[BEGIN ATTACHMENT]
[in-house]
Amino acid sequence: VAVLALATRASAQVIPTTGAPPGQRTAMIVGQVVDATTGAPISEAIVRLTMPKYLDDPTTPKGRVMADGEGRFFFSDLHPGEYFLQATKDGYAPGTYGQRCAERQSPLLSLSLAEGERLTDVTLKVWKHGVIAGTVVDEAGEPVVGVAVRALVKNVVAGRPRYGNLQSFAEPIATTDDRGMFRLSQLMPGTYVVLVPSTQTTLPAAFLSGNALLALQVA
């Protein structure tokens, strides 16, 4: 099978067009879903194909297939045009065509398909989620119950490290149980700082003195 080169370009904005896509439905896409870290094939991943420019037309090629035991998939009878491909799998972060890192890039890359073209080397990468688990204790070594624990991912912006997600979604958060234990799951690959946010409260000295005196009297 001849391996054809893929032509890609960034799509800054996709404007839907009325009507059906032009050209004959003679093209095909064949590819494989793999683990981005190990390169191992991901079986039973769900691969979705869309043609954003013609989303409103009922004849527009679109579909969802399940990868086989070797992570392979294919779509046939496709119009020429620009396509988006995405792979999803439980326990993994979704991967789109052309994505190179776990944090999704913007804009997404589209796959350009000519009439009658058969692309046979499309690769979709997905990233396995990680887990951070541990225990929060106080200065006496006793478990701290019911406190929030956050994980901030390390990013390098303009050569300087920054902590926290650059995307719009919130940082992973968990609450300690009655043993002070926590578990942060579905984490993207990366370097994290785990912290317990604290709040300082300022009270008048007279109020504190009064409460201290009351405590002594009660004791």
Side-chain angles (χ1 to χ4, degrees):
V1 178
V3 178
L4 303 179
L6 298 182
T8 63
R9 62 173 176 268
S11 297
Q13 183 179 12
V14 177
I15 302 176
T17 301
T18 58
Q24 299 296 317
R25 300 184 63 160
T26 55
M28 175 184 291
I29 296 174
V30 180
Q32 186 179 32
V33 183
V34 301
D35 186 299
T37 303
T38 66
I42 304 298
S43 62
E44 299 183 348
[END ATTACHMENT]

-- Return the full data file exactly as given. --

[in-house]
Amino acid sequence: VAVLALATRASAQVIPTTGAPPGQRTAMIVGQVVDATTGAPISEAIVRLTMPKYLDDPTTPKGRVMADGEGRFFFSDLHPGEYFLQATKDGYAPGTYGQRCAERQSPLLSLSLAEGERLTDVTLKVWKHGVIAGTVVDEAGEPVVGVAVRALVKNVVAGRPRYGNLQSFAEPIATTDDRGMFRLSQLMPGTYVVLVPSTQTTLPAAFLSGNALLALQVA
């Protein structure tokens, strides 16, 4: 099978067009879903194909297939045009065509398909989620119950490290149980700082003195 080169370009904005896509439905896409870290094939991943420019037309090629035991998939009878491909799998972060890192890039890359073209080397990468688990204790070594624990991912912006997600979604958060234990799951690959946010409260000295005196009297 001849391996054809893929032509890609960034799509800054996709404007839907009325009507059906032009050209004959003679093209095909064949590819494989793999683990981005190990390169191992991901079986039973769900691969979705869309043609954003013609989303409103009922004849527009679109579909969802399940990868086989070797992570392979294919779509046939496709119009020429620009396509988006995405792979999803439980326990993994979704991967789109052309994505190179776990944090999704913007804009997404589209796959350009000519009439009658058969692309046979499309690769979709997905990233396995990680887990951070541990225990929060106080200065006496006793478990701290019911406190929030956050994980901030390390990013390098303009050569300087920054902590926290650059995307719009919130940082992973968990609450300690009655043993002070926590578990942060579905984490993207990366370097994290785990912290317990604290709040300082300022009270008048007279109020504190009064409460201290009351405590002594009660004791």
Side-chain angles (χ1 to χ4, degrees):
V1 178
V3 178
L4 303 179
L6 298 182
T8 63
R9 62 173 176 268
S11 297
Q13 183 179 12
V14 177
I15 302 176
T17 301
T18 58
Q24 299 296 317
R25 300 184 63 160
T26 55
M28 175 184 291
I29 296 174
V30 180
Q32 186 179 32
V33 183
V34 301
D35 186 299
T37 303
T38 66
I42 304 298
S43 62
E44 299 183 348